2014-07-03 / From The Garden

The Best of Basil

By Cynthia Gibson


Aristotle basil is a dwarf Greek bush variety with true basil taste. Its attractive, naturally mounded shape and amazing fragrance make it a perfect basil for containers, both indoors and out. African Blue basil, on the right, has an earthy basil flavor with a mellow camphor scent. Aristotle basil is a dwarf Greek bush variety with true basil taste. Its attractive, naturally mounded shape and amazing fragrance make it a perfect basil for containers, both indoors and out. African Blue basil, on the right, has an earthy basil flavor with a mellow camphor scent. The word "summertime" conjures thoughts of the beach, boating, picnics, lots of sun, and, eating outdoors. The point of growing your own food during the summer is to eat it outdoors. Be it burgers and dogs, lamb chops, or fresh Newport sea bass on the grill, the ritual of outdoor cookery is now in full bloom.

Basil plants that were planted in May are ready to have their first leaves picked and tossed into a salad or made into that fine leafy paste called pesto. There is not much that compares with the fresh, pungent fragrance of homegrown basil. By picking just one leaf and pulling it apart, your fingers, nose and taste buds ignite!


Cynthia Gibson is a gardener, food writer and painter. She gardens and tends her miniature orchard in Newport. Cynthia Gibson is a gardener, food writer and painter. She gardens and tends her miniature orchard in Newport. Adding chopped basil from your garden can transform an ordinary pasta dish into a quick, cost-effective trip to Tuscany while you are still in your backyard. And, summer is not summer without fresh basil cut finely over freshly sliced garden tomatoes.

Basil is a tough-to-kill outdoor annual herb that flourishes in Rhode Island. You can grow it in the ground or in pots on your patio, terrace, or kitchen steps. It is best to plant in ten-inch pots or larger. Garden centers still have basil for sale for all of you latecomers. As long as the plant is outdoors, it will be happy with simple potting soil and regular watering, twice a day.

The best thing about basil is that it is the herb that keeps on giving. One small plant, given proper food and water, will grow to be two feet tall. To keep it growing and producing new leaves, pinch off the spikes of purple or white flowers that grow on the ends of the stem. Every pinch forces the plant to create two new branches. You can take potted basil indoors for the winter as long as it can enjoy filtered light (meaning a sheer curtain) at a window facing south.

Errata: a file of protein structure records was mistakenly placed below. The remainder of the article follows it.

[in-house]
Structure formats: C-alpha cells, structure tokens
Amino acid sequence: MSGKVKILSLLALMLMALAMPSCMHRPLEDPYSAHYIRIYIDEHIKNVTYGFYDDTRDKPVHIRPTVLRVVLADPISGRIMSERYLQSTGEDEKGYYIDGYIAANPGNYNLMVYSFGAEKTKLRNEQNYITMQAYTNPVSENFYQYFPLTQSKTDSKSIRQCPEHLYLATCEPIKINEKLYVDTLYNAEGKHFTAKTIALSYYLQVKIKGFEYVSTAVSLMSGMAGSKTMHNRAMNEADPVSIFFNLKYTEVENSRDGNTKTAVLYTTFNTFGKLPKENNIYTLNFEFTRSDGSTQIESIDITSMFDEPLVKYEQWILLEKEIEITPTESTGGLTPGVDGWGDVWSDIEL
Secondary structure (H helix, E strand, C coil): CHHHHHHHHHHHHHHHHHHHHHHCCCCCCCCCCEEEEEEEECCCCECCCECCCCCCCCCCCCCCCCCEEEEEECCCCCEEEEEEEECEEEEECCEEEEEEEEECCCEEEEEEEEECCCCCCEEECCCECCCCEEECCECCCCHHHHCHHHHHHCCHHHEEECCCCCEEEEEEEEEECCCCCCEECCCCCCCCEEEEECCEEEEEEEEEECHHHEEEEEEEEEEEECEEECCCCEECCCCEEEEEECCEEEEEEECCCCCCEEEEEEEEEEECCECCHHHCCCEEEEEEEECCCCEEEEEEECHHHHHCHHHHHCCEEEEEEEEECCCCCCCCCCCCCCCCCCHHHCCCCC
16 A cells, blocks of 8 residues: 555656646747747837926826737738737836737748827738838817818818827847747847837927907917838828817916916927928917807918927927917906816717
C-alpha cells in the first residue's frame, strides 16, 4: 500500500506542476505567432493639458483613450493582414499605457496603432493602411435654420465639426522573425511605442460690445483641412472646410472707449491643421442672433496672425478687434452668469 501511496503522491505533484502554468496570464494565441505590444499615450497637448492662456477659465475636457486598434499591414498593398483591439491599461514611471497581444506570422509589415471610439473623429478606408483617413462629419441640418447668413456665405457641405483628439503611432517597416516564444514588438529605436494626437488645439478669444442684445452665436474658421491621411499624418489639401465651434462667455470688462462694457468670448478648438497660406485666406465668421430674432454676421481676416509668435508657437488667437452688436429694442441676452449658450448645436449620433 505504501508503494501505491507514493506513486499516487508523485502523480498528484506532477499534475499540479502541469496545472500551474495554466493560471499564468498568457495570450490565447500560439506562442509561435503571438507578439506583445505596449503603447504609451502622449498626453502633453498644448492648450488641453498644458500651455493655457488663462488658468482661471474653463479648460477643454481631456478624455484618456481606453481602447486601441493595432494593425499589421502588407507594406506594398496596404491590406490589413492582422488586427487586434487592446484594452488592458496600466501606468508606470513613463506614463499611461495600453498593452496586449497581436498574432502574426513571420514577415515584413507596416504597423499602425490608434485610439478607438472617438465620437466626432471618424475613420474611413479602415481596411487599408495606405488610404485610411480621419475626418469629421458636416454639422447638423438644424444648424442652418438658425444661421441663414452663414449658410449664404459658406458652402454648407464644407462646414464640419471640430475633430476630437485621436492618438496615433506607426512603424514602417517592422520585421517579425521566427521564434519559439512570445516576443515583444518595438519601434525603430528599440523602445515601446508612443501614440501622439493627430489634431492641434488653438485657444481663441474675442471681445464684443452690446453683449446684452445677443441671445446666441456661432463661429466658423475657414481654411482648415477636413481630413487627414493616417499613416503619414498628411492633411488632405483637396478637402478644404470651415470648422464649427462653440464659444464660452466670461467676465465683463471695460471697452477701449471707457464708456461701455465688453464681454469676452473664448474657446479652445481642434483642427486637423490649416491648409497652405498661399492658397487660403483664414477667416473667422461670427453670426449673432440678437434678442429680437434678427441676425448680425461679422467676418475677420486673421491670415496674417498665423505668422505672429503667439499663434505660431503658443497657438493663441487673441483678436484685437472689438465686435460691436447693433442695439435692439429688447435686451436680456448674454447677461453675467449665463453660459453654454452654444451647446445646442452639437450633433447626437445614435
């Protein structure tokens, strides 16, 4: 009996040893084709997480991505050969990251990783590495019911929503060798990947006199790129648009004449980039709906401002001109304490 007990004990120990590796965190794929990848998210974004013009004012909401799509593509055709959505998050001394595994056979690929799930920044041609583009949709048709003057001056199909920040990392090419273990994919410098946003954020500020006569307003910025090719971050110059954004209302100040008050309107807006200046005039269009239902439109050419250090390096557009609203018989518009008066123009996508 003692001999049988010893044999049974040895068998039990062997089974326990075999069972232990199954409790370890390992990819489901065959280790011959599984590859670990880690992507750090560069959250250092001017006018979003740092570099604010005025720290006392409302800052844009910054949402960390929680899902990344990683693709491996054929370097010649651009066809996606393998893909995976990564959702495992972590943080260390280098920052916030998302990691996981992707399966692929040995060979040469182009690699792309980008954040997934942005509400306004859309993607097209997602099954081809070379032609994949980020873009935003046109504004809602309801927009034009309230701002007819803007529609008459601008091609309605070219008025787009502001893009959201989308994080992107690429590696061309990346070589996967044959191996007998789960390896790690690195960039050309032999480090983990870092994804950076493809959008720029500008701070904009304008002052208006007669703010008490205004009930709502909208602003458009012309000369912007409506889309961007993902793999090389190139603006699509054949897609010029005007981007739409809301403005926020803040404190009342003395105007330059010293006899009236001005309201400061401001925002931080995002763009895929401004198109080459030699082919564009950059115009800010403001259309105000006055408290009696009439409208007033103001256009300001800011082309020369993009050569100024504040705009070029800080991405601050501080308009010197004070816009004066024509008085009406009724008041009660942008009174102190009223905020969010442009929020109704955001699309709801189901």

There are more than 100 types of basil with many new varieties appearing in the marketplace each year. Pesto Perpetuo has been in the market since 2007, but not much of it comes our way. It can grow up to four feet tall and can be pruned into a topiary. African Blue is another variety worth having. Its green leaves gently meld into shades of periwinkle, then purple, and have a lemon taste. Aristotle basil is a funny plant. It grows in mounds that look as if half of a green basketball is growing in your garden! It is delightful.

A classic favorite is still the standard Italian basil. The huge leaves sometimes glisten with its strong oil. The second most popular is Thai basil or Siam Queen. Through hybridizing, the aroma of Thai curry is infused in the leaves of these plants.

Never limit yourself to simply chopping and scattering basil over tomatoes or making pesto; toss some of the more exotic leaves into a salad or sprinkle on top of jasmine rice.

Grilled or Sautéed Thai Basil and Lime Shrimp Serves 4

1½ lbs. large shrimp uncooked,
unfrozen, and deveined (tails on
is optional)
2 cups of fresh Thai basil leaves
1 bunch of scallions (roots
trimmed off)
1 tbsp. of finely-chopped fresh
ginger
2 large limes, juiced
3 large cloves of garlic
3 tbsp. of olive oil

Place all ingredients, except for the shrimp, into a food processor and puree until liquefied. Place the mixture into a bowl and salt and pepper to taste. Add the raw shrimp, mix well, cover with plastic wrap and place in the refrigerator for three hours.

If you are grilling, place bamboo skewers in a bowl of ice water to make sure they do not catch on fire on the grill. Do this while the shrimp are in the fridge.

After three hours remove the shrimp from the refrigerator. Place five on a bamboo skewer and grill or gently sauté in a nonstick frying pan. As soon as the shrimp turn pink remove from grill or pan. Serve immediately.

Return to top